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The

Truman Doctrine
From Your Textbook

From the U.S. Office of the Historian

With the Truman Doctrine, President Harry S. Truman established that the United
States would provide political, military and economic assistance to all democratic nations
under threat from external or internal authoritarian forces. The Truman Doctrine
effectively reoriented U.S. foreign policy, away from its usual stance of withdrawal from
regional conflicts not directly involving the United States, to one of possible intervention in
far away conflicts.
The Truman Doctrine arose from a speech delivered by President Truman before a
joint session of Congress on March 12, 1947. The immediate cause for the speech was a
recent announcement by the British Government that, as of March 31, it would no longer
provide military and economic assistance to the Greek Government in its civil war against
the Greek Communist Party. Truman asked Congress to support the Greek Government
against the Communists. He also asked Congress to provide assistance for Turkey, since
that nation, too, had previously been dependent on British aid.
In light of the deteriorating relationship with the Soviet Union and the appearance
of Soviet meddling in Greek and Turkish affairs, the withdrawal of British assistance to
Greece provided the necessary catalyst for the Truman Administration to reorient
American foreign policy. Accordingly, in his speech, President Truman requested that
Congress provide $400,000,000 worth of aid to both the Greek and Turkish Governments
and support the dispatch of American civilian and military personnel and equipment to the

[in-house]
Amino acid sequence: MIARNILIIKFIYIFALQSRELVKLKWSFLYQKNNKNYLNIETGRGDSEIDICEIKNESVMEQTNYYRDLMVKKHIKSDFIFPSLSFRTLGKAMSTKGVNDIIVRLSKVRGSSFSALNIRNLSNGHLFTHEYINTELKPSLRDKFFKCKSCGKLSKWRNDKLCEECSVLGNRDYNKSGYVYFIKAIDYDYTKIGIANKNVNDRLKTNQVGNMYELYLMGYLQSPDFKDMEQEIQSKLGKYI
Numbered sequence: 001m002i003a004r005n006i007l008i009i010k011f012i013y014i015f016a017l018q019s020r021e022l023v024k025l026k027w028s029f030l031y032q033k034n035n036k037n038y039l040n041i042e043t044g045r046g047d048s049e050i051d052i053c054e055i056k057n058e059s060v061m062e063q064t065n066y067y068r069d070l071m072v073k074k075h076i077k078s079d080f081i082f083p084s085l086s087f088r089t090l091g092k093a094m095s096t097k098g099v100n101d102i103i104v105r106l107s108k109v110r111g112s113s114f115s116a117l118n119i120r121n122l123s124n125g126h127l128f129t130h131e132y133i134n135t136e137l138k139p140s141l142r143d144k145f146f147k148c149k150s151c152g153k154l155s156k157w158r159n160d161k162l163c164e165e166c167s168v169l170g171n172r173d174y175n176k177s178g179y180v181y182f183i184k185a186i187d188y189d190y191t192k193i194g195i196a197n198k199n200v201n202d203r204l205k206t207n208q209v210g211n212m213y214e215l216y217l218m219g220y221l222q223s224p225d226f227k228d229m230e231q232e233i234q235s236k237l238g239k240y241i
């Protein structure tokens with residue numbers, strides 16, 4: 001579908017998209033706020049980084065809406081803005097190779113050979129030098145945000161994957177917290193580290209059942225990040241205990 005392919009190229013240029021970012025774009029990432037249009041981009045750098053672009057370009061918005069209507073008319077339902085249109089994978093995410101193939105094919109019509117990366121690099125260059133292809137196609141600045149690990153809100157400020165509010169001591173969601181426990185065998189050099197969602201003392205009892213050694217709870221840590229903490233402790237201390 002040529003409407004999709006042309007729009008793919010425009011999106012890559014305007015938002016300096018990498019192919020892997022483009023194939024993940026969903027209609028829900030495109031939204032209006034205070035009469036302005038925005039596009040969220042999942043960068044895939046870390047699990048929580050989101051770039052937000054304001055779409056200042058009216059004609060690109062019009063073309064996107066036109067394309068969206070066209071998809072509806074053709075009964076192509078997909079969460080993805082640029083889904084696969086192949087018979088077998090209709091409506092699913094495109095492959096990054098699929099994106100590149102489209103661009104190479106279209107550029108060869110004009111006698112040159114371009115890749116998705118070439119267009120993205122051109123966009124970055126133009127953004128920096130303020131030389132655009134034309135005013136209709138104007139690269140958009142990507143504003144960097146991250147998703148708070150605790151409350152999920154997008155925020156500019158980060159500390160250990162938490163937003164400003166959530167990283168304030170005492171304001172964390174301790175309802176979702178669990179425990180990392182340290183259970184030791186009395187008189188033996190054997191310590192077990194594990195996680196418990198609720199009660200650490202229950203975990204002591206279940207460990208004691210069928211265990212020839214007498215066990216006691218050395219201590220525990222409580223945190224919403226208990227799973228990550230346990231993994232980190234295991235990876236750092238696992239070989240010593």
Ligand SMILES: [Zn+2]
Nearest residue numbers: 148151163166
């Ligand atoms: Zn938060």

region.
Truman justified his request on two grounds. He argued that a Communist victory in
the Greek Civil War would endanger the political stability of Turkey, which would
undermine the political stability of the Middle East. This could not be allowed in light of the
regions immense strategic importance to U.S. national security. Truman also argued that
the United States was compelled to assist free peoples in their struggles against
totalitarian regimes, because the spread of authoritarianism would undermine the
foundations of international peace and hence the security of the United States. In the
words of the Truman Doctrine, it became the policy of the United States to support free
peoples who are resisting attempted subjugation by armed minorities or by outside
pressures.
Truman argued that the United States could no longer stand by and allow the
forcible expansion of Soviet totalitarianism into free, independent nations, because
American national security now depended upon more than just the physical security of
American territory. Rather, in a sharp break with its traditional avoidance of extensive
foreign commitments beyond the Western Hemisphere during peacetime, the Truman
Doctrine committed the United States to actively offering assistance to preserve the
political integrity of democratic nations when such an offer was deemed to be in the best
interest of the United States.